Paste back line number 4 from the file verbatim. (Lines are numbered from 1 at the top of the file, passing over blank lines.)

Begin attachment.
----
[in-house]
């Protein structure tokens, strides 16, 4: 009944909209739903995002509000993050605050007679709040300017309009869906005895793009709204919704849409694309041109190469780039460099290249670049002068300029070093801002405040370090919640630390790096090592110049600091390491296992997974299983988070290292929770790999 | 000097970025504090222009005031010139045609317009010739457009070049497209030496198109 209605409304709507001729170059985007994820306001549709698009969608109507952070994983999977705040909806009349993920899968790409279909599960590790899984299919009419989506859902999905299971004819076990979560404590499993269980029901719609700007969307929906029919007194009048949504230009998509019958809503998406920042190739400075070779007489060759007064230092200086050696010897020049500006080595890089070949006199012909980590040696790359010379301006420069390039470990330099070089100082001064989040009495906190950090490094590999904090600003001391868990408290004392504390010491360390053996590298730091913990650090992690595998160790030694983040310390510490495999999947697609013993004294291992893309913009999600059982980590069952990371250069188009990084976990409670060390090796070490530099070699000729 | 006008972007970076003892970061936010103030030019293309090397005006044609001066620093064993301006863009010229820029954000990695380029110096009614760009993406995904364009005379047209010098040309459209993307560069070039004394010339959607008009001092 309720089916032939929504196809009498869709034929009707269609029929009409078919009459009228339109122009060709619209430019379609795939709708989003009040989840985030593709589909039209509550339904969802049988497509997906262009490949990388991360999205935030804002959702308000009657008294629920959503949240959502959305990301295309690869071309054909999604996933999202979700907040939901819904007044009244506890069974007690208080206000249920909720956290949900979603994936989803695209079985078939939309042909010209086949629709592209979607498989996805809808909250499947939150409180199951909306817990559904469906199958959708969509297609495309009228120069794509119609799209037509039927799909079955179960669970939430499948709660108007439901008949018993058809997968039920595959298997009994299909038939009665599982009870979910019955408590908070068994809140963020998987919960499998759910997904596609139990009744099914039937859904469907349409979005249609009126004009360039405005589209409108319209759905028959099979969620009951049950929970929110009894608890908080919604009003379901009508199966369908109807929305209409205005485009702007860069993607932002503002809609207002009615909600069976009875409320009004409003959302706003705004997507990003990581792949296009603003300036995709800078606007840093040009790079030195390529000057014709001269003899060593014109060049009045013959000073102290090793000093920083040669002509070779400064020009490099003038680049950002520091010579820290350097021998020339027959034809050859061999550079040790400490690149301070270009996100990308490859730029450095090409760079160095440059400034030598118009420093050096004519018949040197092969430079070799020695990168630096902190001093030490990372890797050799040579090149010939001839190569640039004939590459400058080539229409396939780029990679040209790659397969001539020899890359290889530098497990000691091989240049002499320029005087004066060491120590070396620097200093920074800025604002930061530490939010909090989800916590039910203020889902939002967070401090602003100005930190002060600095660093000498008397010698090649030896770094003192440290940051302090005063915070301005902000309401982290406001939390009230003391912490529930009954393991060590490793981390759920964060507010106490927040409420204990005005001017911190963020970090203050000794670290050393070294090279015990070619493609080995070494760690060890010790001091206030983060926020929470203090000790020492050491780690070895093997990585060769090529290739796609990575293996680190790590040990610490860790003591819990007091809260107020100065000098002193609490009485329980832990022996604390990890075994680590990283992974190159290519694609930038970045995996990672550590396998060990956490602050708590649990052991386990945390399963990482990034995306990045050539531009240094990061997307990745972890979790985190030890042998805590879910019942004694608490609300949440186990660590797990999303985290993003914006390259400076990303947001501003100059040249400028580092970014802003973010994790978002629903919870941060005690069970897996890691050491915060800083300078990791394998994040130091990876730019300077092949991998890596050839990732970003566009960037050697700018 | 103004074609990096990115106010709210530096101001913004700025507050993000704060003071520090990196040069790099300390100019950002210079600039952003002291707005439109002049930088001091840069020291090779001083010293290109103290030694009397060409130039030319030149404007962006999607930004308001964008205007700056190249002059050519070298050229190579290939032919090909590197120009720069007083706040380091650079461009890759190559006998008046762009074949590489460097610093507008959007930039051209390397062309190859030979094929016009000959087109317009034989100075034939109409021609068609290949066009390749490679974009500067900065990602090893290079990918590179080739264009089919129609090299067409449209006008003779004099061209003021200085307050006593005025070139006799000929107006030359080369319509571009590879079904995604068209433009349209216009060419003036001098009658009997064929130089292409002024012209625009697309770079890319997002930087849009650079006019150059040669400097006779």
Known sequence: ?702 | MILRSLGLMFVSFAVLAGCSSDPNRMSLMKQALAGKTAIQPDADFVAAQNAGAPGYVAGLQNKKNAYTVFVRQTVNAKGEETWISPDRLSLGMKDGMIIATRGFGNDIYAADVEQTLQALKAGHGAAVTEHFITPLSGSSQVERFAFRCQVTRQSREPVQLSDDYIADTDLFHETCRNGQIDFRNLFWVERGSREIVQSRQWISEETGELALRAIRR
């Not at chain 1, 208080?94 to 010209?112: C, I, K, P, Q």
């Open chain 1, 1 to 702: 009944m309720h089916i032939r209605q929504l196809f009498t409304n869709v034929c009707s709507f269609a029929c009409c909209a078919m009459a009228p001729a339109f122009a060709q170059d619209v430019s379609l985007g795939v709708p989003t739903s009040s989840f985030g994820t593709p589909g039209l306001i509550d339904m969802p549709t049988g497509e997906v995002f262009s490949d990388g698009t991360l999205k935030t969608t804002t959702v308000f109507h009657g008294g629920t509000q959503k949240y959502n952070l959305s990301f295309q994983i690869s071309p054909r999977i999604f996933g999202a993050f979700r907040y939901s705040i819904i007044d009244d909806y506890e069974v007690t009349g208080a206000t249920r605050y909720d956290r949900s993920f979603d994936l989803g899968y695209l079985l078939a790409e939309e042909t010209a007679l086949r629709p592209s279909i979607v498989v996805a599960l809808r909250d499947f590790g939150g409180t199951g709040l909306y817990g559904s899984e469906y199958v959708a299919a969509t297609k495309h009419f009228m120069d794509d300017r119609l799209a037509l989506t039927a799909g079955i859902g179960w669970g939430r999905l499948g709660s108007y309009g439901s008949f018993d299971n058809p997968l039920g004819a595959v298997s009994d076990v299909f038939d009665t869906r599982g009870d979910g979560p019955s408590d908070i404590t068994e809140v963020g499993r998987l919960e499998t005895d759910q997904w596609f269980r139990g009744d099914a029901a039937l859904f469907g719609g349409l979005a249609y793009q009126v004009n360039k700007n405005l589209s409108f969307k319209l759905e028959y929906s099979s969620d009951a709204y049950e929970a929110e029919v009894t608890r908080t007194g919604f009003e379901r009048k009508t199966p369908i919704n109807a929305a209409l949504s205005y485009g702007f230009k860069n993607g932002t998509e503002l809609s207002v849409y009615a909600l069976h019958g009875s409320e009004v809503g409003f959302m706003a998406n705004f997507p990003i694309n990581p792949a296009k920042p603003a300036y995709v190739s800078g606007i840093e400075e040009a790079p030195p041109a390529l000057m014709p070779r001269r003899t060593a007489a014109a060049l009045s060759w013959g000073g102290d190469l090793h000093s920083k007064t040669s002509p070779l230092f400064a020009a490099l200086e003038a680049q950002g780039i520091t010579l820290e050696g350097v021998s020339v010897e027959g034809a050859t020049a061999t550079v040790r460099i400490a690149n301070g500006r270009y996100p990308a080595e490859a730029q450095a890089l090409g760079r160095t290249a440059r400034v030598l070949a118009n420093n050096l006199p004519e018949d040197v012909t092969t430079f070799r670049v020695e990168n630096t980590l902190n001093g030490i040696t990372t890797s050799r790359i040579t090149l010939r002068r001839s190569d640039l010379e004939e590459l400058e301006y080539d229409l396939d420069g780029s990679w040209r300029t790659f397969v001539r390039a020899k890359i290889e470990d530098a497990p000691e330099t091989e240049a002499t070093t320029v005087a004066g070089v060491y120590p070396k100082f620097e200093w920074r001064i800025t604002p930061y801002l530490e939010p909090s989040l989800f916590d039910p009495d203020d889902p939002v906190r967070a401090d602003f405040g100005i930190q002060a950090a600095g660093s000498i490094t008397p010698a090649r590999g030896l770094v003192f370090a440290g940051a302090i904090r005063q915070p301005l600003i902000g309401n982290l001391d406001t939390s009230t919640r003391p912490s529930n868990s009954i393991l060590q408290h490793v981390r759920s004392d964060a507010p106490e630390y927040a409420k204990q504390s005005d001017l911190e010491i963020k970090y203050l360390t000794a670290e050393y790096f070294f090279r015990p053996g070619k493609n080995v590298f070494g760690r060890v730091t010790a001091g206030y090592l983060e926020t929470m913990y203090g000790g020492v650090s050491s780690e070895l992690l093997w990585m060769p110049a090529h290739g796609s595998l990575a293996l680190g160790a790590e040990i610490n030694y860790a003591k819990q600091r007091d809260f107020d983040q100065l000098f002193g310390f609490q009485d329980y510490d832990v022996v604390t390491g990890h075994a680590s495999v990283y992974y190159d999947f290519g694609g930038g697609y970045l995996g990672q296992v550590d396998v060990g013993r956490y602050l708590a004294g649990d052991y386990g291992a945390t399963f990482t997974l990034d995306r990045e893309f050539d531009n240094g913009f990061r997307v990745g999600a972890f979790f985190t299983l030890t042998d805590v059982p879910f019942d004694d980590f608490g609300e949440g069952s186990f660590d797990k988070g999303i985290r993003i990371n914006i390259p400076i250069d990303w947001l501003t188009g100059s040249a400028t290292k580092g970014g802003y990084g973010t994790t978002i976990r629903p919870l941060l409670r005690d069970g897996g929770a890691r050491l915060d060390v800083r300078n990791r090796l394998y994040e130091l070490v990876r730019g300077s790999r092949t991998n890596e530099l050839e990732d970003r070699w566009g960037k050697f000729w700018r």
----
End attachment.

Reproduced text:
């Not at chain 1, 208080?94 to 010209?112: C, I, K, P, Q």